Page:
Transforming your ad sales process just got a lot easier. Learn how to extract more value for existing technology and ultimately drive revenue, ratings and retention in Slack's new ebook.
The independent demand-side platform The Trade Desk has implemented the new digital video protocol introduced by the IAB Tech Lab in March, an endorsement that could spark industrywide uptake and position the company as a catalyst of change within the ecosystem.
But a lack of clarity surrounding key elements of the transition, such as when it will occur and how dramatically it could affect video revenues, has left some publishers anxious.
The new updates concern the classification system that buyers and sellers use to label and transact on digital video inventory, a channel whose total ad spend is projected to increase 17% in 2023 to $55 billion, according to the IAB 2022 Video Ad Spend & 2023 Outlook report.
The new protocols—which add two new tiers, accompanying and interstitial content, to the standard in-stream and out-stream taxonomy—have been welcomed as a beneficial upgrade for the ad-tech ecosystem, as they will provide media buyers with more transparency into the kind of video inventory they are bidding on, according to interviews with experts.
However, by adding new tiers to the existing hierarchy, the specifications also threaten to reduce the revenue that publishers generate from their video inventory. Under the new system, many publishers’ video inventory will qualify as accompanying content, rather than true in-stream video, netting them lower yields.
“If you are a publisher, this feels like a sudden change that has the potential to be particularly disruptive for our revenue projections,” said a director of ad operations. “This change needs to happen, but I wish there were not so much uncertainty.”
In becoming the first DSP to publicly embrace the new protocol, The Trade Desk has signaled to the industry—as well as to its agency and brand clients—how seriously it plans to take the updates.
The move also positions The Trade Desk as a powerful source of enforcement within the ecosystem, as the IAB Tech Lab typically relies on the support of an authoritative demand-side partner to transform its policies into practice, said Chris Kane, founder of programmatic ad consultancy Jounce Media.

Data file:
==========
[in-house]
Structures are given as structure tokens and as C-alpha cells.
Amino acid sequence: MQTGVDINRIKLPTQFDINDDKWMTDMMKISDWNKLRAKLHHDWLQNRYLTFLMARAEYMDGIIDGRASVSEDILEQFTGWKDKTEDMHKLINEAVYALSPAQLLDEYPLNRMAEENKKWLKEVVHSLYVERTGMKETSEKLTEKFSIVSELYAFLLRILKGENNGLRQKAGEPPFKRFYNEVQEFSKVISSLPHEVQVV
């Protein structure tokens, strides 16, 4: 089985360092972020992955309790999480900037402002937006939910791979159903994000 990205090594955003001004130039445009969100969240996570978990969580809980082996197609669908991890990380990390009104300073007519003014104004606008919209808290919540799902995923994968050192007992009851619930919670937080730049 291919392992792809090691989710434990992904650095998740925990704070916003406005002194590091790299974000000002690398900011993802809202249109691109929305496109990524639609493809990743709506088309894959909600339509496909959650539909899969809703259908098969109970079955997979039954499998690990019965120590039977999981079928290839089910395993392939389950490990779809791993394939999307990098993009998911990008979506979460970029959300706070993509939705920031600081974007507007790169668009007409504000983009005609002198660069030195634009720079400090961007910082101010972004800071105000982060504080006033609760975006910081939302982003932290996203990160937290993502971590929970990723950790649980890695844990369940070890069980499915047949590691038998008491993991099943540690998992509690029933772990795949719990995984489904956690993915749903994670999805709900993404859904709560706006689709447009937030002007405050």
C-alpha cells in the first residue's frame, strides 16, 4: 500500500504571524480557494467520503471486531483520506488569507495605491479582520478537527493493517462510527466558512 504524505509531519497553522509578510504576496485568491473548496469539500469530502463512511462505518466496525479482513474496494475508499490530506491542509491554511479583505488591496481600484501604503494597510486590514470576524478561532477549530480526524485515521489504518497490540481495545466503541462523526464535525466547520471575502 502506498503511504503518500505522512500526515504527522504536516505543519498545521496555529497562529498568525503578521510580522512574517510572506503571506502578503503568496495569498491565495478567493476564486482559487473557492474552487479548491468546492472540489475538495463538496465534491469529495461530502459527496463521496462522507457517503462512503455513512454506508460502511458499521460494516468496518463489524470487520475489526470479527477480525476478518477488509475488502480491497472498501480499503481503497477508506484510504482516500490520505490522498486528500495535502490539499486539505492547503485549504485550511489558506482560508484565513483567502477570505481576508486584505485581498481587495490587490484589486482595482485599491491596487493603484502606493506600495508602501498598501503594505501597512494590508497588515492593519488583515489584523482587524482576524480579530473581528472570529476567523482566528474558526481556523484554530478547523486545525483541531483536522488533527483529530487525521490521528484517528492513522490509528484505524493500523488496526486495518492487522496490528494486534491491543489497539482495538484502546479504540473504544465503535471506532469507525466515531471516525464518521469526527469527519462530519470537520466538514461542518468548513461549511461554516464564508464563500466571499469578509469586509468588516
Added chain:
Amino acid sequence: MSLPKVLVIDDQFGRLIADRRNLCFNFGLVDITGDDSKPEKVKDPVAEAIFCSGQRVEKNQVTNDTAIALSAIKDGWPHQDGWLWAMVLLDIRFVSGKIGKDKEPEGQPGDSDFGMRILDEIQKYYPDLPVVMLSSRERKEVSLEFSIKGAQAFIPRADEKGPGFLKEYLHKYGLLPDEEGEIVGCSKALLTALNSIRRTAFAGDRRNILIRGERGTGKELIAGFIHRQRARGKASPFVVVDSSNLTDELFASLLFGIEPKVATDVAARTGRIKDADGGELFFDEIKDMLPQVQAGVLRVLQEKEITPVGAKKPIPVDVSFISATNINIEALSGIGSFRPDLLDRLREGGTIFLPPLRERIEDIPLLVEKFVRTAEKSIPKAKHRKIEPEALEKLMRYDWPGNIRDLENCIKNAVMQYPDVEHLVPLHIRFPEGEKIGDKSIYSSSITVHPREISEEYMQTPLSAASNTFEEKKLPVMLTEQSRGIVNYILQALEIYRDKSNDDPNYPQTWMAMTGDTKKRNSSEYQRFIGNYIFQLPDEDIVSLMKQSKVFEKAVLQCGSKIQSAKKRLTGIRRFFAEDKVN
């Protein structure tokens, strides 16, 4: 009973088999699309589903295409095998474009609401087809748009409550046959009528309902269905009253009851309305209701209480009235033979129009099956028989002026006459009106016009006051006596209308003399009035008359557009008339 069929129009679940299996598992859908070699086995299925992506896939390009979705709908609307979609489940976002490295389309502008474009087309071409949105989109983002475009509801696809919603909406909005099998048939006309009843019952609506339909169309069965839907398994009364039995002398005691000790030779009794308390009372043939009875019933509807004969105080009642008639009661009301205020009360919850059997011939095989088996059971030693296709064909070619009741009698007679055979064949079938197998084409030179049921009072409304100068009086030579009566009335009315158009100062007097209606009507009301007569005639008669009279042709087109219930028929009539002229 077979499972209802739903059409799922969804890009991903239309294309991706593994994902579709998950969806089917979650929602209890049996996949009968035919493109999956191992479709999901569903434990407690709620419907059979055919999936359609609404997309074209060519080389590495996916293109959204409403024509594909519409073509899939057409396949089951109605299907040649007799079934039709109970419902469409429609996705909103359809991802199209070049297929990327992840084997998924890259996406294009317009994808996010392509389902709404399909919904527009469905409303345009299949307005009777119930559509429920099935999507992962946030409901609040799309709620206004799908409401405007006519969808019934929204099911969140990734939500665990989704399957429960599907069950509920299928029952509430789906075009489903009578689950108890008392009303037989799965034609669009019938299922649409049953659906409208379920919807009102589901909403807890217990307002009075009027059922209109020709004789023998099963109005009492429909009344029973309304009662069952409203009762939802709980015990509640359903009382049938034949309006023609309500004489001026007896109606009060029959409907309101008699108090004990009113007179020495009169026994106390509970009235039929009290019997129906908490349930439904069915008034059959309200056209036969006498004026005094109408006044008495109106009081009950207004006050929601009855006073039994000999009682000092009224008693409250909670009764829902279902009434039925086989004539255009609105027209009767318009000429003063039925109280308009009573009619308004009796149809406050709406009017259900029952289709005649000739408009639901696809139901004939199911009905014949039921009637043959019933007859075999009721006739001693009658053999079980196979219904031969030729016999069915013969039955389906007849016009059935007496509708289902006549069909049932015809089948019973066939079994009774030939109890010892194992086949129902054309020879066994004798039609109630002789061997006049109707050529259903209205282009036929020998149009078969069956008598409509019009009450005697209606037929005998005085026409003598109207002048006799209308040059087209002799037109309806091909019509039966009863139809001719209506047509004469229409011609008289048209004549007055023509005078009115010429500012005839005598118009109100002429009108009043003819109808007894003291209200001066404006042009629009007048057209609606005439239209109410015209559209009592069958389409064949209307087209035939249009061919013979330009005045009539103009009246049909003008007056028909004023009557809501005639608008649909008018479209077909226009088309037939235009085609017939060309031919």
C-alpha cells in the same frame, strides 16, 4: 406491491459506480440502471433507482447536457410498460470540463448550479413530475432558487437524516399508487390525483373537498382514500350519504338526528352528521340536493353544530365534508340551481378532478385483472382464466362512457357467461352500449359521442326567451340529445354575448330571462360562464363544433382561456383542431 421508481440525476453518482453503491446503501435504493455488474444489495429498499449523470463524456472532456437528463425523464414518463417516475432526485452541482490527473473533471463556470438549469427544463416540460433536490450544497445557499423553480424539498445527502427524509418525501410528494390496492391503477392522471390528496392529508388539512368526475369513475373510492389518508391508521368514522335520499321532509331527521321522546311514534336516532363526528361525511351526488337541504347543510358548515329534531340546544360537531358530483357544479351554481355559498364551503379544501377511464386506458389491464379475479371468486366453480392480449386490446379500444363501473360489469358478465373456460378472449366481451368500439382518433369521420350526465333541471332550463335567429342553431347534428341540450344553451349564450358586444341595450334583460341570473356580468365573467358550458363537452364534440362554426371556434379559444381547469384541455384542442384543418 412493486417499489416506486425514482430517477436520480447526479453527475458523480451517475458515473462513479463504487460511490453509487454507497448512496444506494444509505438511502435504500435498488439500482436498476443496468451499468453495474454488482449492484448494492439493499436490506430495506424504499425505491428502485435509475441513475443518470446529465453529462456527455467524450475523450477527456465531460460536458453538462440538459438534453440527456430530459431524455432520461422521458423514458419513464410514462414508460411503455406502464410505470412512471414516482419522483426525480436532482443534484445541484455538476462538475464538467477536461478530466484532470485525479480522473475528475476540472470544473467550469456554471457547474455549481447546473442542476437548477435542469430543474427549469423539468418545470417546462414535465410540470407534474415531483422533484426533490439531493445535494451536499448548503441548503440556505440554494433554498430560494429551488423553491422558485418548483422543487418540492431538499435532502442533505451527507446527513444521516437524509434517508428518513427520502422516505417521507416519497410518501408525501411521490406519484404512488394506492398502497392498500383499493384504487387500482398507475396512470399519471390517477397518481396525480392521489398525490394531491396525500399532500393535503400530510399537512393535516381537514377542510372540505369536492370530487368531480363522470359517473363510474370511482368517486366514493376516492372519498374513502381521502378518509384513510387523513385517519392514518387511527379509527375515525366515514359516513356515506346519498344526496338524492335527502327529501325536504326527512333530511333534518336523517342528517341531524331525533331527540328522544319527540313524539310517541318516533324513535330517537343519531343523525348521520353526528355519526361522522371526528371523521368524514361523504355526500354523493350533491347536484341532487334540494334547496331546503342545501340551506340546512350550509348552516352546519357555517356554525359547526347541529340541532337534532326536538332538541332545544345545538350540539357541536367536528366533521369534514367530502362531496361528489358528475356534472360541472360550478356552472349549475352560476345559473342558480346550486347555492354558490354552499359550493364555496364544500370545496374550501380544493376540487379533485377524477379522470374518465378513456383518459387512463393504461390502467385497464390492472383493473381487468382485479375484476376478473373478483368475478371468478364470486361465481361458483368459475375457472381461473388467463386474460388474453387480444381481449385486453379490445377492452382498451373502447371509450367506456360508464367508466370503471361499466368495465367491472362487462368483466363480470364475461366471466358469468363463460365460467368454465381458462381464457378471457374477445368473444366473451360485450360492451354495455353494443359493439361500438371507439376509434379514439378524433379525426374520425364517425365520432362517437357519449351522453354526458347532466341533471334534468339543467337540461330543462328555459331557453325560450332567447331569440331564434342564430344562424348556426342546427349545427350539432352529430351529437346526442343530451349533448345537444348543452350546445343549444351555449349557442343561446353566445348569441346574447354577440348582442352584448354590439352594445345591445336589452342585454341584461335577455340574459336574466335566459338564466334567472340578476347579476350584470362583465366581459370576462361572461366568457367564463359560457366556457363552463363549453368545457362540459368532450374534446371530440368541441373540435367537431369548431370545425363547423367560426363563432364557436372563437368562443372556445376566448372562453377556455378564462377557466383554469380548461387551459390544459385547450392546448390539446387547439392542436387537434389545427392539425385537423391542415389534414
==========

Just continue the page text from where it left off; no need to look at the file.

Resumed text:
“It takes the IAB to build a standard and then it takes some big, powerful ad-tech company to drive adoption,” Kane said. “For video-placement definition, that big company is The Trade Desk.”
More carrot than stick
When the IAB Tech Lab first canonized the new specifications in March, analysts predicted it could take up to six months before the updates reached the critical mass necessary to spur wide-scale adoption, although the technical lift required is relatively light, according to Peter Cunha, managing director of ad management at Sovrn.
But an email sent by The Trade Desk in March to its supply-side partners suggests a more expedient timeline.
In the first part of the email, The Trade Desk detailed a new initiative centered on inventory efficiency, part of a larger effort from the company to reduce inventory deduplication in the bid stream. This section called for supply-side partners to make necessary adjustments to their bid protocol by June 1.
In the second section, The Trade Desk announced that it had adopted the recently passed IAB video specifications, but offered no deadline for others to do the same.
As a result, some SSPs and publishers conflated the two initiatives and their timelines into one, according to interviews with six SSPs.
The confusion led some publishers to panic, as the commercial implications of the switch remain unclear and a June 1 timeline would have given them little time to prepare or properly forecast.
However, such fears are—at the moment—unfounded. The Trade Desk has adopted the new specifications, but it has no plans to penalize or throttle the demand of supply-side partners who are not in compliance, according to Will Doherty, vp of inventory development at The Trade Desk.
The need for an enforcer
In addition to the commercial implications of adopting the new standard, The Trade Desk’s immediate endorsement of the video specifications reflects its increasingly important role as a power broker within the ad-tech ecosystem.
“The DSP space has been very fragmented. The Trade Desk matters tremendously more,” said Ari Paparo, CEO of Marketecture Media. “They have shown a history of being very aggressive with the supply side with quality.”
Paparo pointed to the ad-tech firm’s influential decision last year to shut off Google’s Open Bidding as a path of supply, after which two other DSPs followed suit, as Adweek first reported.
This is not the first time a powerful DSP has helped transform a spec from policy into marketplace reality. The ads.txt protocol, which adds transparency to the programmatic supply chain, became more mainstream because of DSP enforcement, particularly Google’s DV360, Kane said.
Still, video inventory can be particularly difficult to police, which is partly why there was a need for a standard in the first place, Kane said. The Trade Desk declined to detail exactly how it would enforce this policy.
“Video experience is one of the hardest standards to verify, and it’s where there has historically been the poorest enforcement of ad tech inventory policies,” Kane said.